Fall 2007 17
NEWS EMBA Program Launches Alumni Association In order to provide more opportunities for Executive MBA graduates to stay connected and network, Jacksonville University has formed an alumni association specifically for graduates of the EMBA program, which began in 1985. Eric Schellhorn of Home Banc Financial will serve as the association’s first chair. The other officers include Jim Farah of Agility Press, Inc., as chairman-elect, Tony Park of Fidelity National Financial as treasurer, and Becky Gay of Blue Cross Blue Shield of Florida as secretary.
“We have more than 600 graduates of the program, many of whom are in key leadership positions right here in Jacksonville,” said Dr. Jan Duggar, dean of the Davis College of Business. “We wanted to develop a way to offer them additional value while creating a way for them to stay connected.” The association plans include networking events, the development of a mentoring program for current students and bringing national speakers to campus.
“Beyond providing a stronger network among our alumni, the association will also participate in shaping the future of the EMBA program,” said Schellhorn. “We’ll be involved in curriculum development as well as recruiting and mentoring students.” JU invited 25 graduates to sit on the inaugural board of directors. Alumni interested in the association can find out more by visiting www.ju.edu/embaalimni or e-mailing firstname.lastname@example.org.
Faculty Honored for Excellence, Sayar Named Professor of the Year Dr. Bashir Sayar, professor of engineering, was named Jacksonville University’s Professor of the Year at the annual Faculty Recognition Dinner in March. Sayar (right) has been a part of the JU faculty for more than 20 years and currently serves as the director of engineering programs. Professor of the Year is chosen by a faculty vote, and Sayar will hold the position through the 2007-08 year. “The award is the highest peer recognition given to a JU faculty member,” said Lois Becker, senior vice president for academic affairs. “It recognizes a professor who best embodies as a teacher the ideals of the University.” The criteria include effective teaching, professional growth and activity, service to the University and to the community. All tenured and tenure-track faculty members
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who have completed two or more years on the JU faculty are eligible. Becker also recognized four faculty members with Awards for Excellence. Dr. Sandra Coyle, associate professor of English, won the Award for Excellence in Teaching. Ben Wilson, professor of theatre arts, received the Award for Excellence in University Service. Dana Chapman-Tupa, assistant professor of art, was recognized with the Award for Excellence in Scholarship and Professional Activities. Dr. Shannon Wood, assistant professor of education, won the Award for Excellence in Community Service. Those honored for longevity of service were Dr. Kathleen Vander Vliet, professor of computing sciences (35 years); Dennis Dormandy, associate professor of computing sciences (25 years); Dr. Ray Clines,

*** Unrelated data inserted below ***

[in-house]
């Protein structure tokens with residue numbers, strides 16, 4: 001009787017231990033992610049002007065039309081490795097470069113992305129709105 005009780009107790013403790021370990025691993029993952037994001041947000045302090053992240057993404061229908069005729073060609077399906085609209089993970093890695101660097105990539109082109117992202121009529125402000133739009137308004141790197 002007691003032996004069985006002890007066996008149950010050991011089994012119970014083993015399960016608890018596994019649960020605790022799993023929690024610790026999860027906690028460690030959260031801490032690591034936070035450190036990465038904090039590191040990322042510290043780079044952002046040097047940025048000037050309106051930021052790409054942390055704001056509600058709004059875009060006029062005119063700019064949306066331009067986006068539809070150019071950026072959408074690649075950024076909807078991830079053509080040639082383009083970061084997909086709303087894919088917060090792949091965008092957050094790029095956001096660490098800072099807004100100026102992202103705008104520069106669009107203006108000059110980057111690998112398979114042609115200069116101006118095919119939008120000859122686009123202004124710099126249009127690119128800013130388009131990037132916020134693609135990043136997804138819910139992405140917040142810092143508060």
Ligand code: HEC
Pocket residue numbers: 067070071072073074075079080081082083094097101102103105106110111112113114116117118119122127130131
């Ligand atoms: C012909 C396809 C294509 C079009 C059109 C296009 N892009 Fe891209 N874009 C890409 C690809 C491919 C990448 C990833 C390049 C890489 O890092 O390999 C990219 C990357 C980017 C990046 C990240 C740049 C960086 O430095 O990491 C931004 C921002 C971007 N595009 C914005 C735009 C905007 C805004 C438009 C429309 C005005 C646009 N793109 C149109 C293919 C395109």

professor of English (20 years); Eric Thomas, associate professor of history (20 years); Dr. Ruth O’Keefe, professor of accounting (25 years) and Capt. Jeremy Terrell, professor of aeronautics (25 years). Two retiring faculty members were also honored: William McNeiland, associate professor of music, and Dr. Vander Vliet.
Broadcast Graduate Adjusts Focus on Helping Others organization in a developing country.” She plans on using the scholarship funds to purchase equipment to start her own video production company. In the weeks before her graduation, Shoaf was pleased with the strides she had made in her time at JU. “Looking back, I’m proud and satisfied with my accomplishments. Very exhausted, but happy,” Shoaf said. “I wouldn’t change a thing or have gone to any other school. That wouldn’t have made me the person I am today.” Heather Shoaf ’07, won another in a list of accolades for her work at JU’s Dolphin Channel. In June, the Florida Association of Broadcasters awarded her with the LeRoy Collins Memorial Scholarship. This wasn’t the first time Shoaf’s work has been lauded. The Florida Associated Press Broadcast division honored her three years in a row. She won first place this year in the “Best Long Light Feature” category for her documentary The Philippines: A Journey to Remember. Shoaf also earned first place in “Best Long Hard